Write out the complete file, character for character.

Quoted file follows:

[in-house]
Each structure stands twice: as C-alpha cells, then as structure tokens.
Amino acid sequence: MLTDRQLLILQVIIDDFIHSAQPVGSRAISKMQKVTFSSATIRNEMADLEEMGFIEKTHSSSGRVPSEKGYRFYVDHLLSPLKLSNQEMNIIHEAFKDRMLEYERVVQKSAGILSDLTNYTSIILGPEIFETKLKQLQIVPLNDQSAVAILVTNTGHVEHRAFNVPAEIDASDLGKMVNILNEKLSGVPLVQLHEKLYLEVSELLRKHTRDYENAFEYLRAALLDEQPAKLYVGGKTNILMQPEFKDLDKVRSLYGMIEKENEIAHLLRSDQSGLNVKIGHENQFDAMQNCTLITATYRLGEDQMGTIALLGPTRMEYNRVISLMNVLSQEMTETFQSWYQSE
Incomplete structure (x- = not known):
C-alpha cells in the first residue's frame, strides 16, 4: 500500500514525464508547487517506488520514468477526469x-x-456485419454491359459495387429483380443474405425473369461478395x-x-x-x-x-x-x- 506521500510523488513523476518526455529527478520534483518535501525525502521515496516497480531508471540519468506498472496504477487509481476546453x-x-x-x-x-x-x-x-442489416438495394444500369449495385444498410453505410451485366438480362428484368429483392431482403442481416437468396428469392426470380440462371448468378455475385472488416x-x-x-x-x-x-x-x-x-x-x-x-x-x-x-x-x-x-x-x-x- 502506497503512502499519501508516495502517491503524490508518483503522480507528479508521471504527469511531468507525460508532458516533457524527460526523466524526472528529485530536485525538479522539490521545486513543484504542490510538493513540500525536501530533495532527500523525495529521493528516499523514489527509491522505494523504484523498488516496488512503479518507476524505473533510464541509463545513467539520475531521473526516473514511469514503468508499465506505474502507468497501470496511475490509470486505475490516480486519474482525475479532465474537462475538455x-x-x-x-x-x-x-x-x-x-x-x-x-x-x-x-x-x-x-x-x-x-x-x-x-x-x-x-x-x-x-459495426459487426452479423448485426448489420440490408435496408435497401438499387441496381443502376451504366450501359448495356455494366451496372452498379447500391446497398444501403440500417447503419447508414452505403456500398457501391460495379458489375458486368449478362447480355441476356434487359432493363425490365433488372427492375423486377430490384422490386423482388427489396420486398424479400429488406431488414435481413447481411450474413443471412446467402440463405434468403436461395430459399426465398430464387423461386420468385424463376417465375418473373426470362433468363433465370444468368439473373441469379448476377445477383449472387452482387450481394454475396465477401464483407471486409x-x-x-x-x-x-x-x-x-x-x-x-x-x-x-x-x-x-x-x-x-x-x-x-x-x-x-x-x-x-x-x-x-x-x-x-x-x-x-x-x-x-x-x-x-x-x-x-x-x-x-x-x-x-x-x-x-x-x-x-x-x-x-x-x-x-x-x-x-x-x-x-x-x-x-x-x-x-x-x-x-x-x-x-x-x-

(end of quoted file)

[in-house]
Each structure stands twice: as C-alpha cells, then as structure tokens.
Amino acid sequence: MLTDRQLLILQVIIDDFIHSAQPVGSRAISKMQKVTFSSATIRNEMADLEEMGFIEKTHSSSGRVPSEKGYRFYVDHLLSPLKLSNQEMNIIHEAFKDRMLEYERVVQKSAGILSDLTNYTSIILGPEIFETKLKQLQIVPLNDQSAVAILVTNTGHVEHRAFNVPAEIDASDLGKMVNILNEKLSGVPLVQLHEKLYLEVSELLRKHTRDYENAFEYLRAALLDEQPAKLYVGGKTNILMQPEFKDLDKVRSLYGMIEKENEIAHLLRSDQSGLNVKIGHENQFDAMQNCTLITATYRLGEDQMGTIALLGPTRMEYNRVISLMNVLSQEMTETFQSWYQSE
Incomplete structure (x- = not known):
C-alpha cells in the first residue's frame, strides 16, 4: 500500500514525464508547487517506488520514468477526469x-x-456485419454491359459495387429483380443474405425473369461478395x-x-x-x-x-x-x- 506521500510523488513523476518526455529527478520534483518535501525525502521515496516497480531508471540519468506498472496504477487509481476546453x-x-x-x-x-x-x-x-442489416438495394444500369449495385444498410453505410451485366438480362428484368429483392431482403442481416437468396428469392426470380440462371448468378455475385472488416x-x-x-x-x-x-x-x-x-x-x-x-x-x-x-x-x-x-x-x-x- 502506497503512502499519501508516495502517491503524490508518483503522480507528479508521471504527469511531468507525460508532458516533457524527460526523466524526472528529485530536485525538479522539490521545486513543484504542490510538493513540500525536501530533495532527500523525495529521493528516499523514489527509491522505494523504484523498488516496488512503479518507476524505473533510464541509463545513467539520475531521473526516473514511469514503468508499465506505474502507468497501470496511475490509470486505475490516480486519474482525475479532465474537462475538455x-x-x-x-x-x-x-x-x-x-x-x-x-x-x-x-x-x-x-x-x-x-x-x-x-x-x-x-x-x-x-459495426459487426452479423448485426448489420440490408435496408435497401438499387441496381443502376451504366450501359448495356455494366451496372452498379447500391446497398444501403440500417447503419447508414452505403456500398457501391460495379458489375458486368449478362447480355441476356434487359432493363425490365433488372427492375423486377430490384422490386423482388427489396420486398424479400429488406431488414435481413447481411450474413443471412446467402440463405434468403436461395430459399426465398430464387423461386420468385424463376417465375418473373426470362433468363433465370444468368439473373441469379448476377445477383449472387452482387450481394454475396465477401464483407471486409x-x-x-x-x-x-x-x-x-x-x-x-x-x-x-x-x-x-x-x-x-x-x-x-x-x-x-x-x-x-x-x-x-x-x-x-x-x-x-x-x-x-x-x-x-x-x-x-x-x-x-x-x-x-x-x-x-x-x-x-x-x-x-x-x-x-x-x-x-x-x-x-x-x-x-x-x-x-x-x-x-x-x-x-x-x-